As Jeff Donn noted in his report, 66 of 104 reactors were granted license renewals and most of the 20-year extensions given were done with little public attention. The Nuclear Regulatory Commission (NRC) had yet to reject a single application to extend an original license of a reactor and the process had been so routine that many in the industry were already planning for additional license extensions that could push the plants to operate for 80 years, and then a 100. He wrote, “Regulators and industry now contend that the 40-year limit was chosen for economic reasons and to satisfy antitrust concerns, not for safety issues. They contend that a nuclear plant has no technical limit on its life.” The Associated Press review of historical records, along with interviews with engineers who helped develop nuclear power, showed opposite findings – Reactors were made to last only 40 years.
The Associated Press report included testimony from nuclear engineers to support its findings. Contained within were, “Failed cables. Busted seals. Broken nozzles, clogged screens, cracked concrete, dented containers, corroded metals and rusty underground pipes — all of these and thousands of other problems linked to ageing were uncovered. And all of them could escalate dangers in the event of an accident. Yet despite the many problems linked to ageing, not a single official body in government or industry has studied the overall frequency and potential impact on safety of such breakdowns in recent years, even as the NRC has extended the licenses of dozens of reactors.”
To counter the criticisms and allegations of wrongdoings – the Nuclear Energy Institute (NEI) spokesperson Tom Kauffman stated, “There has been no adverse impact on public health or safety from the release of tritium at commercial nuclear power plants. The industry takes tritium releases seriously and voluntarily implemented an underground piping integrity initiative in 2009 to better manage issues related to the integrity of underground piping.” He added, “The Atomic Energy Act of 1954 permits nuclear plants to renew their operating licenses, and is “clear evidence that the potential for plants to stay in operation beyond the initial 40-year licensing period was recognized at the time. The decision to place a 40-year limit on initial operating licenses of commercial nuclear reactors was based on a judgment of the appropriate period to amortize the large capital investment, not the anticipated design life.”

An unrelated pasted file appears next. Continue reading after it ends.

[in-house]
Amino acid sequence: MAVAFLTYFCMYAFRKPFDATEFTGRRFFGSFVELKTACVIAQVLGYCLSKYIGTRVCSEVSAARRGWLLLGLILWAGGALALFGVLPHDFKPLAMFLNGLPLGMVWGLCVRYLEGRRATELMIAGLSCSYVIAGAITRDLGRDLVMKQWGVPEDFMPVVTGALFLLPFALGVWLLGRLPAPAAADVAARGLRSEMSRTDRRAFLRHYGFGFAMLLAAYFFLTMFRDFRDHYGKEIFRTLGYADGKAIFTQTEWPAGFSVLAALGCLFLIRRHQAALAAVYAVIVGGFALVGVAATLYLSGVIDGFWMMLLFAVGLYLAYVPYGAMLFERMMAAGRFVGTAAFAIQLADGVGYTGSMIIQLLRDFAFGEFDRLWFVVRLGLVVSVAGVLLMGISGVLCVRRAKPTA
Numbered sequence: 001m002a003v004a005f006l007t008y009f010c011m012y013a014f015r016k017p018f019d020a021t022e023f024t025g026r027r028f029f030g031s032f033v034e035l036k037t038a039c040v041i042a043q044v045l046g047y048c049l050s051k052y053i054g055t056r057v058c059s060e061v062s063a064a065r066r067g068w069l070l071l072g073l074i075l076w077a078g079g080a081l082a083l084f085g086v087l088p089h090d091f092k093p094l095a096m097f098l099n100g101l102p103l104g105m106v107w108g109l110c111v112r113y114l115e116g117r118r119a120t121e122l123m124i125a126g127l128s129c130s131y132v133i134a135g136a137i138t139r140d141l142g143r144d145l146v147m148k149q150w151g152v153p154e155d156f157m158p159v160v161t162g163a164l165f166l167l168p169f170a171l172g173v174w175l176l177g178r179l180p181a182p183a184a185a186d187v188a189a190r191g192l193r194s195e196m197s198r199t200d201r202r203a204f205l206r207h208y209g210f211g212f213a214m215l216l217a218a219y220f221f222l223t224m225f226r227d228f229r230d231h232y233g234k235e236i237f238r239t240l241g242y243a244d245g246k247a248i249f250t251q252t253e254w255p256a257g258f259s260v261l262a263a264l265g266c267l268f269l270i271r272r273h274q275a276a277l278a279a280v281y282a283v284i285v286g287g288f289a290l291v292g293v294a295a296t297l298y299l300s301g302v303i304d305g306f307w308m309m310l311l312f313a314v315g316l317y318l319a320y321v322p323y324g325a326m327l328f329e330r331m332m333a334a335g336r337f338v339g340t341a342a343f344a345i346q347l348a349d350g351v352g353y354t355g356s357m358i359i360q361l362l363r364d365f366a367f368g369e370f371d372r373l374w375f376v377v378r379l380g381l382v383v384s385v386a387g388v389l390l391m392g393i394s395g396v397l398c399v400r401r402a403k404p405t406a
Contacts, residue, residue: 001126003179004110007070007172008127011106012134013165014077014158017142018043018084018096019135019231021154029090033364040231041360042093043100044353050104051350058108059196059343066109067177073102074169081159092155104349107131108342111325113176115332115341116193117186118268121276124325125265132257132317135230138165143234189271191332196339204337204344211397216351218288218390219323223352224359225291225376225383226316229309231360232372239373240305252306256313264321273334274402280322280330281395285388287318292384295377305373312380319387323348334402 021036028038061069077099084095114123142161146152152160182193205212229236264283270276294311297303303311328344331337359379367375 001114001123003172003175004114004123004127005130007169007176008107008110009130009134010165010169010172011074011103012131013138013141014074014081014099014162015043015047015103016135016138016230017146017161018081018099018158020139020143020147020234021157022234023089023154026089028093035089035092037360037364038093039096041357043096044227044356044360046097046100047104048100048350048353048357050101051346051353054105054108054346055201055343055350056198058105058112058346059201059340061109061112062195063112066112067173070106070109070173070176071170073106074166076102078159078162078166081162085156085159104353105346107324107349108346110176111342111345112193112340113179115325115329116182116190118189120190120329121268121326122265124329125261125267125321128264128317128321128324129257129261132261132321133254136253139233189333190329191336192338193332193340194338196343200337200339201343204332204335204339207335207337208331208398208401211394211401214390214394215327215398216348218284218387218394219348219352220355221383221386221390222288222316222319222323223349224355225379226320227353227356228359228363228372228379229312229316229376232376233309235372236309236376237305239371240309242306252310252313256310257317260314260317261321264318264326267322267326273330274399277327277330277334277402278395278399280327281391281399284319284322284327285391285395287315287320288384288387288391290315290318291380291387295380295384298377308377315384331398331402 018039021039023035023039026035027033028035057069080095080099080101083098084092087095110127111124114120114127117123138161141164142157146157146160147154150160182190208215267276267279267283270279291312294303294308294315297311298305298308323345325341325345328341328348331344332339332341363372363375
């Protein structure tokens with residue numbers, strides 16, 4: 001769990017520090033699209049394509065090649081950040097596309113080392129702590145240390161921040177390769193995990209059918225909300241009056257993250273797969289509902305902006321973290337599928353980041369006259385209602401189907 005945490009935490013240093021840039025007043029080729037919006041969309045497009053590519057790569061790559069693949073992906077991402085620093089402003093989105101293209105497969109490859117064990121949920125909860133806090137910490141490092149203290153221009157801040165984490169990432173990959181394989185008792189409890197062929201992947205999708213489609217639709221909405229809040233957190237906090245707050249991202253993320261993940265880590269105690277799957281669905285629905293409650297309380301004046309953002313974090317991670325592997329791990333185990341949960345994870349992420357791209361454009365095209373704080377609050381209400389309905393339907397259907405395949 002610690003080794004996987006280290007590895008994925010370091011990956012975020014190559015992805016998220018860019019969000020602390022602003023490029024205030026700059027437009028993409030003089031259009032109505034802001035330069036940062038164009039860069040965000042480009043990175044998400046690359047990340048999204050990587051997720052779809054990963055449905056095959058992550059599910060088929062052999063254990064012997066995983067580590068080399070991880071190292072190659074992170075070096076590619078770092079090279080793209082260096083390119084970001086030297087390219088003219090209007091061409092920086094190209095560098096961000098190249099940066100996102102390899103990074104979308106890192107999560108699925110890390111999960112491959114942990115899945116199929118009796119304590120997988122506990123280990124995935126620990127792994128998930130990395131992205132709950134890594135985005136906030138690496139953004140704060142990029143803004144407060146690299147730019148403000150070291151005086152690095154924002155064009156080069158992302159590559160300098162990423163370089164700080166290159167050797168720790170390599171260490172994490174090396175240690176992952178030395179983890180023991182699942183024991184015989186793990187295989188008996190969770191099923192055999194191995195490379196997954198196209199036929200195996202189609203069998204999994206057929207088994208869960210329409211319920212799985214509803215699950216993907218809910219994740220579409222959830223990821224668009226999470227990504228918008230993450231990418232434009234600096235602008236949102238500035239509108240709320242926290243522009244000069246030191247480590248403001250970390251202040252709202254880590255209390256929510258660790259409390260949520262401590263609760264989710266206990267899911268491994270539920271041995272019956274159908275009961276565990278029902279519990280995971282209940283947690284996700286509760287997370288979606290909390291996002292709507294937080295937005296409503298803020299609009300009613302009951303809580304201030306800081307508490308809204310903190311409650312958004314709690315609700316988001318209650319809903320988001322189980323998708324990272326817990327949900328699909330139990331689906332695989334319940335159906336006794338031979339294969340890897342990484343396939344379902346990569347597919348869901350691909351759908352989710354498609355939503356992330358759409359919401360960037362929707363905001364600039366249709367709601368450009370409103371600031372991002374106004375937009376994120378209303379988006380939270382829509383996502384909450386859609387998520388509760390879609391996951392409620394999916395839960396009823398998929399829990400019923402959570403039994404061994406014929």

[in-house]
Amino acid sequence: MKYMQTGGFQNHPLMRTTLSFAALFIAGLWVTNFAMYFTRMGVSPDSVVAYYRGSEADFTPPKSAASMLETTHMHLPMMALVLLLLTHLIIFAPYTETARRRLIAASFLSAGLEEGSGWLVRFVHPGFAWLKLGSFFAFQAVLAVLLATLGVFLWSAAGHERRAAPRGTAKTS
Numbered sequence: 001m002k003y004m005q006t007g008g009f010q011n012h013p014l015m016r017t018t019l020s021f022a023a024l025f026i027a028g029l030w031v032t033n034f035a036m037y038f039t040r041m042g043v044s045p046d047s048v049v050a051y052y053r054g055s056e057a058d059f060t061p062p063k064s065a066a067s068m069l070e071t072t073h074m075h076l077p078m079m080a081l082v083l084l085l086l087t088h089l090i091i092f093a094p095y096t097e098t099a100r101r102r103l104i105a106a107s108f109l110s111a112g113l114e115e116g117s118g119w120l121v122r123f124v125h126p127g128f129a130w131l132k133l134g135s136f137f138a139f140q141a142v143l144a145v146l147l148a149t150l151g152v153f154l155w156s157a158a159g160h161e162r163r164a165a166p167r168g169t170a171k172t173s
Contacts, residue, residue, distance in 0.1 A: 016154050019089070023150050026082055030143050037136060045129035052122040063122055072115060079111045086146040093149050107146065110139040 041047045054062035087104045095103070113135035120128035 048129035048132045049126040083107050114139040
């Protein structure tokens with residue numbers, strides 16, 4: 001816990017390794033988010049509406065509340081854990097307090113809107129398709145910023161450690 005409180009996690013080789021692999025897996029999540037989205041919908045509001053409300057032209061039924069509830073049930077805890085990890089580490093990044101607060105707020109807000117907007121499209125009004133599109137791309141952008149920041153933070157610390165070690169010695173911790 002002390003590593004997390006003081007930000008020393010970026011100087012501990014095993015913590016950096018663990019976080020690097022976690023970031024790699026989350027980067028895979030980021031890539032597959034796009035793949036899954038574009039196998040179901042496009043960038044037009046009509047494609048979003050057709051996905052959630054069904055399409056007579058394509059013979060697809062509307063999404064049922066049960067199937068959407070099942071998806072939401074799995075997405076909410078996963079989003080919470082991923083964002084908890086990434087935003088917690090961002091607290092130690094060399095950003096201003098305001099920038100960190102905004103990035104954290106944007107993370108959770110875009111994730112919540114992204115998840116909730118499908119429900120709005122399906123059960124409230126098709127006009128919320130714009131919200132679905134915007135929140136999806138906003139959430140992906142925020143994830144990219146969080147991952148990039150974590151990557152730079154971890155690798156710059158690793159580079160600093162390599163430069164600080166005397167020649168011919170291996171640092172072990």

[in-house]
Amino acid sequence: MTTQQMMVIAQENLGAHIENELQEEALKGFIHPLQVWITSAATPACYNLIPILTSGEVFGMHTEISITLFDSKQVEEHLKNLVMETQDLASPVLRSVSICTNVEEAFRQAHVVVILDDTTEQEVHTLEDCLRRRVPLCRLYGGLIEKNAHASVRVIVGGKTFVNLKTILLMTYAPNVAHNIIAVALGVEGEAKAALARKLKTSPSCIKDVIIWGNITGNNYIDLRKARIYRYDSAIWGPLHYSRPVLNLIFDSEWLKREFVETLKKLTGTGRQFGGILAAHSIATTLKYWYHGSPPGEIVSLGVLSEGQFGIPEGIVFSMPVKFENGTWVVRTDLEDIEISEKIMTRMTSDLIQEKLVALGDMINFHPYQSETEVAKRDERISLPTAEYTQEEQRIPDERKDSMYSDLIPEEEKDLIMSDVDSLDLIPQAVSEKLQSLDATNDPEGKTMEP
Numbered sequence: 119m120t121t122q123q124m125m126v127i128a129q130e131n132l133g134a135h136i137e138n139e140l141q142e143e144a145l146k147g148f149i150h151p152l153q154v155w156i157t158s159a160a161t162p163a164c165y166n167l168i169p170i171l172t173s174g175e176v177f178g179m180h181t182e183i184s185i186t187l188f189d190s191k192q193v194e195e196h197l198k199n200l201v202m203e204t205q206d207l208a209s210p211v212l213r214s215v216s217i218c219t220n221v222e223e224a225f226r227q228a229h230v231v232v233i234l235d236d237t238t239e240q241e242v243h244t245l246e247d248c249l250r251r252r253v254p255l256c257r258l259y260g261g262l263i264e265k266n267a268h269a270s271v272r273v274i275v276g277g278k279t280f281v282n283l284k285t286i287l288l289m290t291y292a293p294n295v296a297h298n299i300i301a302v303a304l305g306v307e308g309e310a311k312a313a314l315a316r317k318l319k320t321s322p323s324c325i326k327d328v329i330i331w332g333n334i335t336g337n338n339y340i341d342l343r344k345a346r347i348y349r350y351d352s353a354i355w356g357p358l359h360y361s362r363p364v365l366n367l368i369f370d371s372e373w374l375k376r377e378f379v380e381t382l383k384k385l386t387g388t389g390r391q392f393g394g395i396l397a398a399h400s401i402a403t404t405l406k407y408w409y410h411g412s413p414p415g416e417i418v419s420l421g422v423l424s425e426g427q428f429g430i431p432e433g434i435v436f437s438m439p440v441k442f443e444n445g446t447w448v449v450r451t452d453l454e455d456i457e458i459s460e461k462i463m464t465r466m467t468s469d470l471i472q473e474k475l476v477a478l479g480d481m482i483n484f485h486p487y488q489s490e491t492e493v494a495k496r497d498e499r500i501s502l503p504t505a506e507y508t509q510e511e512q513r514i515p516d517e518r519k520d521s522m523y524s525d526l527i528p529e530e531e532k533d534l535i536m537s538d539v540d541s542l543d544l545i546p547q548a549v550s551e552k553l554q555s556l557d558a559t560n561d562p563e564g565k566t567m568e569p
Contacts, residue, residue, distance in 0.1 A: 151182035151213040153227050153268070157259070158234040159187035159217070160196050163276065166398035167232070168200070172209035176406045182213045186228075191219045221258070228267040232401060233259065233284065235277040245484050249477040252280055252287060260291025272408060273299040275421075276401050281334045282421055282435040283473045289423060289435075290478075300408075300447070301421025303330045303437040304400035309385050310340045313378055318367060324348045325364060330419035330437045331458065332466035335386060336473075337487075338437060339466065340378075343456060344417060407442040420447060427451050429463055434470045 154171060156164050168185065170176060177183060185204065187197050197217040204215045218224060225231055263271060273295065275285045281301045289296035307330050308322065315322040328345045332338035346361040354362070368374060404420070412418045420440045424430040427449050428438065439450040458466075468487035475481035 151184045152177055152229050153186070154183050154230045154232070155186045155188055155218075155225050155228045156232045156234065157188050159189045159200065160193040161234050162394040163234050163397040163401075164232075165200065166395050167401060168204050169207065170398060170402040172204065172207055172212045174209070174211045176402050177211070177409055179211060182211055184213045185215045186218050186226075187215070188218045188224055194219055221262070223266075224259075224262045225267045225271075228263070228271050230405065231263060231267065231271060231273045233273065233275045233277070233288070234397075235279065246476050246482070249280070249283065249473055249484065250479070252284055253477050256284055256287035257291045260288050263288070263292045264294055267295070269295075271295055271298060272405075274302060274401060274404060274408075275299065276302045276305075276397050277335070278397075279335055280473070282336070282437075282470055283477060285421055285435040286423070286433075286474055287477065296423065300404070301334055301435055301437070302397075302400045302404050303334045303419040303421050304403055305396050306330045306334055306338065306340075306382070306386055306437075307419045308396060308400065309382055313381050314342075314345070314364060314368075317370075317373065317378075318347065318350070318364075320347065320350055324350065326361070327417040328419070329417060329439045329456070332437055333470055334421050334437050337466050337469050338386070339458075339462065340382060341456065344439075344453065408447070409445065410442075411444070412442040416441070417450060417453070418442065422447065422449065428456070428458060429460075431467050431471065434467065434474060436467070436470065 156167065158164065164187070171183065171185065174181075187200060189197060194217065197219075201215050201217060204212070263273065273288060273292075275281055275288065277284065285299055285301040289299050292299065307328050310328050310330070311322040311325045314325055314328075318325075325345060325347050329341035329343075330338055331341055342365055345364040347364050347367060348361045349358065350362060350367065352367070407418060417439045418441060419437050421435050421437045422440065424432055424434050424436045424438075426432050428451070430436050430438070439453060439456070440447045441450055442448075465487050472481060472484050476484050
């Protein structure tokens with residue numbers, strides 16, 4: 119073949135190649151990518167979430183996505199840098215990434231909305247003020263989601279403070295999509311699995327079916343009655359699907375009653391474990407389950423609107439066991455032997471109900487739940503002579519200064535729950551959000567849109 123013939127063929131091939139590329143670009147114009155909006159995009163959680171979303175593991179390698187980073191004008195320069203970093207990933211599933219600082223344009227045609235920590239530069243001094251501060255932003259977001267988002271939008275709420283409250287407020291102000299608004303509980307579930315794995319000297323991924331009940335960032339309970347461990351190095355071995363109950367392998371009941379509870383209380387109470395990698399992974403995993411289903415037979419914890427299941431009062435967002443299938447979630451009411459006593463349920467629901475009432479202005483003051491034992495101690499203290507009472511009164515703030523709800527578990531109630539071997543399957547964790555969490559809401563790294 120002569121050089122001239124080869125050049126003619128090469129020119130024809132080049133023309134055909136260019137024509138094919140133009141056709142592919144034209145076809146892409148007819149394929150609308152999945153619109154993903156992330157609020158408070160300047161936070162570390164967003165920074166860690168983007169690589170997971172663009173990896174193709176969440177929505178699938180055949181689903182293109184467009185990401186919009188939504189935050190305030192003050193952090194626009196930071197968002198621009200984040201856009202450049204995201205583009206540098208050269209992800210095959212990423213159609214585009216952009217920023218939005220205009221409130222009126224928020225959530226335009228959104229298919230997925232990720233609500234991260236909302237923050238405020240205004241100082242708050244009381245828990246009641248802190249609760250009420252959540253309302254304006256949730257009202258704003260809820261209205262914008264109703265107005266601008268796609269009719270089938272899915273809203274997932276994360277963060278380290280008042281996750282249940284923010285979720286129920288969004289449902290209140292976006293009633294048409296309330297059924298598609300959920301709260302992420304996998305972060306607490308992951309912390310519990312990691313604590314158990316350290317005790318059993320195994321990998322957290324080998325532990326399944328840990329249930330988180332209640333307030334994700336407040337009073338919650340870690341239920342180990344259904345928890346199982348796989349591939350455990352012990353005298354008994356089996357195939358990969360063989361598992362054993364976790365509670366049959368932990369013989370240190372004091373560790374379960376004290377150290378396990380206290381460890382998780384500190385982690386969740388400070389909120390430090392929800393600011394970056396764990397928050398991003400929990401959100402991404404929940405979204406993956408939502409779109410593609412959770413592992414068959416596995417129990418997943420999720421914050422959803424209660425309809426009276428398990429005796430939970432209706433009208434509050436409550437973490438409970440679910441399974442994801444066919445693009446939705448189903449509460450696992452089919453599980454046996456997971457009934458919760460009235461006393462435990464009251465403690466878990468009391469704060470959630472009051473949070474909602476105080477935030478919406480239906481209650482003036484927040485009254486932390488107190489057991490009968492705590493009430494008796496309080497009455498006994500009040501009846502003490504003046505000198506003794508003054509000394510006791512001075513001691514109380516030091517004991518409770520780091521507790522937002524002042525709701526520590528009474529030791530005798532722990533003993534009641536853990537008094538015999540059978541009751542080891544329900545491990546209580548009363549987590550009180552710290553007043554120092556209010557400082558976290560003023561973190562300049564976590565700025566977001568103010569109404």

But Donn has challenged this, asserting that in 1982, D. Clark Gibbs chairman of the licensing and safety committee of an early industry group, wrote to the NRC that “most nuclear power plants, including those operating, under construction or planned for the future, are designed for a duty cycle which corresponds to a 40-year life.” And three years later, when Illinois Power Co. sought a license for its Clinton station, utility official D.W. Wilson told the NRC on behalf of his company’s nuclear licensing department that “all safety margins were established with the understanding of the limitations that are imposed by a 40-year design life.” Richard T. Lahey Jr. in the early 1970s helped design reactors for General Electric Co. and oversaw safety research and development. Lahey dismissed claims that reactors were made with no particular life span. “These reactors were really designed for a certain lifetime,” he said. “What they’re saying is really a fabrication.“
The application for relicensing was so routine, Joe Hopenfield, engineer who worked on aging-related issues at the NRC before retiring in 2008 said, “Everything I’ve seen is rubber-stamped.” He has since worked for groups challenging relicensing.
Due to the sheer nature findings on the subject matter, the report on Tritium will be completed in part 2 of this article.